Being overweight increases the risk of developing the most common type of US esophageal cancer, while drinking alcohol increases the risk of the second major type of this cancer, finds a new systematic review of the global research.
The report released today by AICR and the World Cancer Research Fund International (WCRF) reaffirms and strengthens the findings of a previous AICR/WCRF report.
“Esophageal is a major cause of cancer death around the world,” said cancer prevention expert Anne McTiernan, MD, PhD, of the Fred Hutchinson Cancer Research Center and one of the authors of the new report. “The occurrence of one type—adenocarcinoma—is increasing in many countries, particularly where obesity is common. The good news is that by limiting alcohol intake and keeping weight at a healthy level, people can significantly reduce their odds of developing this deadly cancer.”
In the US, AICR estimates that one in three (33 percent) of esophageal cancer cases could be prevented if people did not drink alcohol and were a healthy weight. That’s approximately 5,600 esophageal cancer cases every year.
Alice Bender, MS, RDN, Head of Nutrition Programs at AICR, said: "These findings add to the evidence that lifestyle plays a powerful role in cancer risk. Obesity is now linked to eleven types of cancer and alcohol links to six. We want individuals to know you can take important lifestyle steps to reduce risk for many kinds of cancer."
BMI, Alcohol and Subtypes
Diet, Nutrition, Physical Activity and Esophageal Cancer found there is strong evidence that being overweight or obese increases the risk of esophageal adenocarcinoma, one of the two main types of this cancer. The report shows a 48 percent increased risk of esophageal adenocarcinoma for every 5 unit increase in Body Mass Index. Previous AICR research has found that – in addition to esophageal adenocarcinoma – excess body fat increases risk for advanced prostate cancer, ovarian cancer, post–menopausal breast cancer, colorectal cancer, liver cancer, endometrial cancer, kidney cancer, stomach cardia cancer and pancreatic cancer.
Adenocarcinomas generally develop in the lower esophagus, starting from cells that make fluid. Approximately six of every ten US esophageal cancer cases (62 percent) are adenocarcinomas.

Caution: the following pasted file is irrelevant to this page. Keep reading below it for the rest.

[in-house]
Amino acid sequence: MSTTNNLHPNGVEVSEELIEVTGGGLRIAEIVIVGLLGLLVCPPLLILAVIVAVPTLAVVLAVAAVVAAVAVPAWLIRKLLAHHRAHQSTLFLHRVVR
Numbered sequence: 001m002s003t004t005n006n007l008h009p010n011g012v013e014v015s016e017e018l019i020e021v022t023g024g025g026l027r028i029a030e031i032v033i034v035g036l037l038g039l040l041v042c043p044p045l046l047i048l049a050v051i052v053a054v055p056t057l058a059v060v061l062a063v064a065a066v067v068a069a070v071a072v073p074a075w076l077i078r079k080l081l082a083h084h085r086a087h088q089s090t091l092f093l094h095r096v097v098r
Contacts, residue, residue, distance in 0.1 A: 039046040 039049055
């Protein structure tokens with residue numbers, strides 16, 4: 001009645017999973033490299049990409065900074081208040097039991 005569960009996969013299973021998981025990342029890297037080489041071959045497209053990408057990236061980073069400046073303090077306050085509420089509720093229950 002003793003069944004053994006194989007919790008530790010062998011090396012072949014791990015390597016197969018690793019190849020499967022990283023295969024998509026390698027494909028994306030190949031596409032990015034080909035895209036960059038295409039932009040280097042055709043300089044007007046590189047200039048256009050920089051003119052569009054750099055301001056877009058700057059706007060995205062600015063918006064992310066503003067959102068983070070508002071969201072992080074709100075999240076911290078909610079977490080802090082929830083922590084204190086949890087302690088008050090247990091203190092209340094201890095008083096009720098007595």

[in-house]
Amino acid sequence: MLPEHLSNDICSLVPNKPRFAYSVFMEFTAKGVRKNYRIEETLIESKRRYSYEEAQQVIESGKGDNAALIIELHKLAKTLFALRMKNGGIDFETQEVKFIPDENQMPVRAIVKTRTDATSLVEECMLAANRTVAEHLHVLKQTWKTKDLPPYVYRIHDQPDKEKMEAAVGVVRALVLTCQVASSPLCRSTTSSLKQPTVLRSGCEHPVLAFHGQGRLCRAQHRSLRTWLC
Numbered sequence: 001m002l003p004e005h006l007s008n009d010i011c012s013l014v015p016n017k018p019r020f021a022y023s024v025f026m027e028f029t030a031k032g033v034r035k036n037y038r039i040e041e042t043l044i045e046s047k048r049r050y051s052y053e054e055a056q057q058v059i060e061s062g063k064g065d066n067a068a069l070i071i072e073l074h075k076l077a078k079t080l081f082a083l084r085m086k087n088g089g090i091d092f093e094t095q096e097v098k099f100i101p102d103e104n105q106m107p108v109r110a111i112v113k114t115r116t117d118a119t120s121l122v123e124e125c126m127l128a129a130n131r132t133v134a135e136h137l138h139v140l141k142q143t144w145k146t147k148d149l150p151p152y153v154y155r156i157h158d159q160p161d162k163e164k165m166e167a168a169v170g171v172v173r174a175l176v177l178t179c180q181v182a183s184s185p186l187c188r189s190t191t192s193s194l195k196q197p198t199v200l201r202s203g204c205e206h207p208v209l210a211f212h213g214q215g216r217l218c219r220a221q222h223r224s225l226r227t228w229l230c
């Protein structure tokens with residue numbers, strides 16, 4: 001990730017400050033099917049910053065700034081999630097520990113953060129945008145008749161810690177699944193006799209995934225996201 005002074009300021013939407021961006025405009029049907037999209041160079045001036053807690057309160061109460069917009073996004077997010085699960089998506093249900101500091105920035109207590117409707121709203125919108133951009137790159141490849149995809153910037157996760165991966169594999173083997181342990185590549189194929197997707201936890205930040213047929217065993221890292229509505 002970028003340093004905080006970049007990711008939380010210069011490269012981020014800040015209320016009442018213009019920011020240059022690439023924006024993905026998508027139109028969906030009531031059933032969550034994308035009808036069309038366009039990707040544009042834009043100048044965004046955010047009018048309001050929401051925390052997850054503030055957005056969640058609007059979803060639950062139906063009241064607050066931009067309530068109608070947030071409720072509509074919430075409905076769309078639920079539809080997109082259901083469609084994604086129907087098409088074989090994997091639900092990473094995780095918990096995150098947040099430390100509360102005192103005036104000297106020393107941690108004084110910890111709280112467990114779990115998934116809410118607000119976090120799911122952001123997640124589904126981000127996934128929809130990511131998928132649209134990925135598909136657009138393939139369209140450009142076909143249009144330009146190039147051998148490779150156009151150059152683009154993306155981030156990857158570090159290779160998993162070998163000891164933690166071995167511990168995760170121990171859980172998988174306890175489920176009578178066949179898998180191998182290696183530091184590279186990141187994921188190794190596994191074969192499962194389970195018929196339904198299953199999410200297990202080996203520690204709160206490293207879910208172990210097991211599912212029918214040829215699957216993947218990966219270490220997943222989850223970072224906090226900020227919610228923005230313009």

The report also found strong evidence that consuming alcohol increases the risk of esophageal squamous cell carcinoma – 25 percent increased risk per 10 grams of alcohol per day. This is equivalent to about a glass of beer or wine.
Squamous cell esophageal cancers develop from the cells that line the esophagus. This type accounts for a third of US esophageal cancers; it is the majority of esophageal cancer cases globally.
The report collated and reviewed the 46 scientific studies available on esophageal cancer, diet, physical activity and weight in the first such review since 2007. The research covered 15 million adults of whom 31,000 were diagnosed with esophageal cancer.
The evidence linking fruits and vegetables to esophageal cancer has changed and is now less strong. This does not mean that no link exists, but that there are currently not enough studies to analyze by subtype and smoking status. Eating a wide variety of fruit and vegetables is particularly important to maintain a healthy weight.
"Making smart choices like limiting alcoholic drinks, eating more vegetables, beans and other plant foods, and boosting your activity with walking breaks are all ways to get on a path to lower cancer risk," added Bender.
Worldwide, esophageal cancer is the sixth most common cause of death from cancer. It is the seventh leading cause of cancer deaths among US men. Survival rates are poor, mainly because these cancers are often diagnosed at a late stage.
Established causes of esophageal cancer include: Gastroesophageal reflux disease (GERD) and Barrett’s esophagus for adenocarcinoma; and Tylosis A, Plummer Vinson syndrome and human papilloma virus (HPV) for squamous cell carcinoma. Smoking increases risk for both types of this cancer.
Sources: WCRF/AICR Continuous Update Project. Diet, Nutrition, Physical Activity and Esophageal Cancer, 2016.
Published on July 28, 2016